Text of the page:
So why was Jesus so mad?  Well, because this was his Father’s house.  This was where God resided. It’s where they literally believed God lived: in the temple.  In the place called the “holy of holies.”  While the temple was the central gathering place for a community where all kinds of things happened, its central purpose was to be God’s house, the place where God lived.

And Jesus was there to remind them of that, the sacredness of this home. He tells them who he is. He claims his authority as God’s son at the beginning of this book of John.  (Matthew, Mark and Luke all tell this story at the end of their books.)  And he uses this authority to point to God as his Father, to point to the temple, and then to point to his own body.

Perhaps, like me, the people were elbowing each other, saying “who is this guy?” It seems that perhaps people forgot why they went to the temple in the first place.  Perhaps they never got around to worship after a full day of money changing and selling.

And so Jesus reminds them why they come to the temple in the first place. And he’s not singing John Denver.  It may be more accurate to say he’s channeling one of the more angrier songs about home as he flips over tables, dumps out money, and uses a whip to get people’s attention.  He then says something that must have made their ears ring: Jesus says, Destroy this temple, and in three days I will raise it up. Because they’d been working on rebuilding the temple for 46 years already and it wasn’t yet done.  That just doesn’t make any sense!  The writer of John helps to clear it up for us, giving us the insider scoop that he was talking about his own body and that even his disciples would only remember what that meant after Jesus had been crucified.

After all the shouting, the building didn’t matter.  Jesus pointed to his body – seeming to say, this is home. God is not locked up in the temple.  My body is the temple.

Which then points right to us, doesn’t it?  After all, we claim to follow Jesus, right?  We eat bread and drink wine, remembering the importance of Jesus’ body to transform our own lives. And we are a church, some would say, without a home.  We don’t have “our own” building.  Well, it’s Jesus who frees God from the confines of one holy space.  It’s Jesus who releases God out into the scary, messy world of our lives.  It’s Jesus who points to his own body and says, focus on this temple.  This is life.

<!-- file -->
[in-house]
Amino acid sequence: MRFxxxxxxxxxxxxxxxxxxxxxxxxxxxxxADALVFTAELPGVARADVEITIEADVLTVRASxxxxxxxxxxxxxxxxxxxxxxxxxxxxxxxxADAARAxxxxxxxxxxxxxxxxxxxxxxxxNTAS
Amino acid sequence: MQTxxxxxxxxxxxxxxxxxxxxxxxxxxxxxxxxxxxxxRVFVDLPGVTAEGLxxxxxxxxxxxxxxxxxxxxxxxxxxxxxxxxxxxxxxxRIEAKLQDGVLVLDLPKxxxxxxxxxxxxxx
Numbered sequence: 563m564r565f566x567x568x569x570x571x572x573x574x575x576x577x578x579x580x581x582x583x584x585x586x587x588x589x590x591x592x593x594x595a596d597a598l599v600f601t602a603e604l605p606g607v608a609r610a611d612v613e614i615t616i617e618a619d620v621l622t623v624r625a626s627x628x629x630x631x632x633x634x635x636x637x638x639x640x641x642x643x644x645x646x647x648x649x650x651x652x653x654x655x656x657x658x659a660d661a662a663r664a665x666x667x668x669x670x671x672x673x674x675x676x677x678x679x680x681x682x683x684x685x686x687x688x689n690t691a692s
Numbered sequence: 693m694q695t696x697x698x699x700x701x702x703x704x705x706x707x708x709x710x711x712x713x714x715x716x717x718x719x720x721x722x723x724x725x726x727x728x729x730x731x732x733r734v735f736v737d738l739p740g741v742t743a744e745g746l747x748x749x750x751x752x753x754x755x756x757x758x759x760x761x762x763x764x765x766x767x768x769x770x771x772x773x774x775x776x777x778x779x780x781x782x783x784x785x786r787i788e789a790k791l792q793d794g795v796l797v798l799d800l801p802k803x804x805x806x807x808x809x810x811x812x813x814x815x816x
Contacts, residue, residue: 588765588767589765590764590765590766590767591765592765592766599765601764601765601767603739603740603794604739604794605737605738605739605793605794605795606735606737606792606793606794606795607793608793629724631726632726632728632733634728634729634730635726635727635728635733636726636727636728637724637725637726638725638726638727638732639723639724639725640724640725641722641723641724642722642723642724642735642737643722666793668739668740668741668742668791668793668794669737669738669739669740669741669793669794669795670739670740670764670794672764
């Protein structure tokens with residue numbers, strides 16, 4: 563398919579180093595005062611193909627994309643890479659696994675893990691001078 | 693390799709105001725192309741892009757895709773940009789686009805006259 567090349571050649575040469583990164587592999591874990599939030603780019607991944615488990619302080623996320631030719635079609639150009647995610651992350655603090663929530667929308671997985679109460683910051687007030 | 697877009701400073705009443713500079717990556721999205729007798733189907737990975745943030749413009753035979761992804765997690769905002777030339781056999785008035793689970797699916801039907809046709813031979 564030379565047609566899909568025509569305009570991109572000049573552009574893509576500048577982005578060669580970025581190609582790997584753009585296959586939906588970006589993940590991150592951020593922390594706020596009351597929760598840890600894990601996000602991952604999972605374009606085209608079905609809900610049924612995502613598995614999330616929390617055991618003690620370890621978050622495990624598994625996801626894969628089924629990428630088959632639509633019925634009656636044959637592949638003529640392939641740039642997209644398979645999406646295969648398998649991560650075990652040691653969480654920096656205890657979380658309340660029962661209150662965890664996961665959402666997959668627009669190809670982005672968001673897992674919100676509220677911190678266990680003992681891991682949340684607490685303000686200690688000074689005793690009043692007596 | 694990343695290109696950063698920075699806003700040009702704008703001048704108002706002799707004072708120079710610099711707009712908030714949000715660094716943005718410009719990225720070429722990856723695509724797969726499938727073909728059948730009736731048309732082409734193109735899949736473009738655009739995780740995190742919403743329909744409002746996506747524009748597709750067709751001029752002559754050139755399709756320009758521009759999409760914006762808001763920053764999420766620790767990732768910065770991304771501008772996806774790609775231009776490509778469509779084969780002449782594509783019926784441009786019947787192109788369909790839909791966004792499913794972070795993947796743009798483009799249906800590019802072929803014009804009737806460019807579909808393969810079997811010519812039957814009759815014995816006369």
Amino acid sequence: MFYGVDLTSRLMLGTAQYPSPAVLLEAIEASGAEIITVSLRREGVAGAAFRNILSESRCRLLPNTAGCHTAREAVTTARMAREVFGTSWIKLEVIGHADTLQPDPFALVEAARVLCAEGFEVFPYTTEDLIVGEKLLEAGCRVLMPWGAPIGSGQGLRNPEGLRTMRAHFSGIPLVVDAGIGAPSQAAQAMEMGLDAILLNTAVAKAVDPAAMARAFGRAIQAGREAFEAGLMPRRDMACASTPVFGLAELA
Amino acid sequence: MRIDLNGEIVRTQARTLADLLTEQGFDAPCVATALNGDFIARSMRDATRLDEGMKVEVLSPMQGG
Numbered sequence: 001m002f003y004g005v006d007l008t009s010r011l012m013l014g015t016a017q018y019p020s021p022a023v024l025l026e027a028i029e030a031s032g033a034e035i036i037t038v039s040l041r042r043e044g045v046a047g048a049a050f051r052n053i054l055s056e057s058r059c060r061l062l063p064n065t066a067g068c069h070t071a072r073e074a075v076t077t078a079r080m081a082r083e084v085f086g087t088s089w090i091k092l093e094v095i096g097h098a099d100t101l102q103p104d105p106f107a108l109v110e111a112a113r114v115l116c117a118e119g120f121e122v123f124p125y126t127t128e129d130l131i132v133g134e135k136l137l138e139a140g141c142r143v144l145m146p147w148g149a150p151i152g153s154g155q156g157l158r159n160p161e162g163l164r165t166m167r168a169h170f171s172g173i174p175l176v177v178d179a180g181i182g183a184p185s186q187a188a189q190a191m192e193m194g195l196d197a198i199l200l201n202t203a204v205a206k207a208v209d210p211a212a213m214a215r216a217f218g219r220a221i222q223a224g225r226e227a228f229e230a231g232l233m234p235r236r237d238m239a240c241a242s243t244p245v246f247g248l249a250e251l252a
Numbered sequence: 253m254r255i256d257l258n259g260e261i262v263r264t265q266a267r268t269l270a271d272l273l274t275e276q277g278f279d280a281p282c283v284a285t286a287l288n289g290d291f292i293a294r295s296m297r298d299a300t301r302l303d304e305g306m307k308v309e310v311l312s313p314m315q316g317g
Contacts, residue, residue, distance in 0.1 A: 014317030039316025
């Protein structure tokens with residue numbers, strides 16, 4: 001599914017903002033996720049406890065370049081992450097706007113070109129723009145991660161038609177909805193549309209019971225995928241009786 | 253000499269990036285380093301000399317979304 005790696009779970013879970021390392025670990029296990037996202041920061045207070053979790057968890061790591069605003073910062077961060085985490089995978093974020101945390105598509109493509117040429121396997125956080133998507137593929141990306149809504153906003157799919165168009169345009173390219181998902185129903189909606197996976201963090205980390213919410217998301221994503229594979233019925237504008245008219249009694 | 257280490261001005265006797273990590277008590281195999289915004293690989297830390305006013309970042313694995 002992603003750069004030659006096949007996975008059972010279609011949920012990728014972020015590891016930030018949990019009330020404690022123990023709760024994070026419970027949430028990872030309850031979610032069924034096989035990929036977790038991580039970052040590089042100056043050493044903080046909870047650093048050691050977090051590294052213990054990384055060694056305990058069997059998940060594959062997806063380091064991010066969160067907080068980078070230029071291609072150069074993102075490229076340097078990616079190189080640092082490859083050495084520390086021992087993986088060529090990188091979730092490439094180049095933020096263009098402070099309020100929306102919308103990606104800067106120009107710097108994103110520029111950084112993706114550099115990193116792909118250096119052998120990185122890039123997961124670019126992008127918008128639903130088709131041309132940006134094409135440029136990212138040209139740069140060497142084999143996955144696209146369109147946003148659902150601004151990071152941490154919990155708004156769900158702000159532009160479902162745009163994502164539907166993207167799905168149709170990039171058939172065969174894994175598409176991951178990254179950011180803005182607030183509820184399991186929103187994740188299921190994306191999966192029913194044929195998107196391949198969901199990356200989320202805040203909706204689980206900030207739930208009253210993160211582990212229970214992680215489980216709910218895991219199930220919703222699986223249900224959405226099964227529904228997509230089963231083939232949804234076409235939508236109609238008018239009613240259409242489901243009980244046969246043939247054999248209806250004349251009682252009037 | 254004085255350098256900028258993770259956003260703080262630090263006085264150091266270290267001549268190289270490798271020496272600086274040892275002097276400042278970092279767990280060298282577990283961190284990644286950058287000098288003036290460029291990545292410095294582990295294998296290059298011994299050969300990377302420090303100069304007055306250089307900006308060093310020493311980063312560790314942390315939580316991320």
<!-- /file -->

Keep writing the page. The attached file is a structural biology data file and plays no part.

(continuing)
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If following Jesus is about a way of life and not about a building, then we are well on our way folks.  Jesus makes it clear that his Father’s house is not about a place, it’s about following a person. It’s about a way of life.  And as we follow Jesus, we learn that we simply must be who God created us to be.  We must be people who gather in whatever clothes we have to put on to come to worship.  We must be people who ask the hard, embarrassing, doubtful questions about life and God.  We must be a people who live in a way that shows what Jesus was pointing to – that our way of life is a home in and of itself.

IMG_1255We live this way so that when people come to worship with us, no matter where we are, they will experience being loved and welcomed and accepted just because they are there.

That is home, folks. No bricks and mortar. No street address. Body and blood that give us life, that transforms our lives.IMG_1658IMG_1416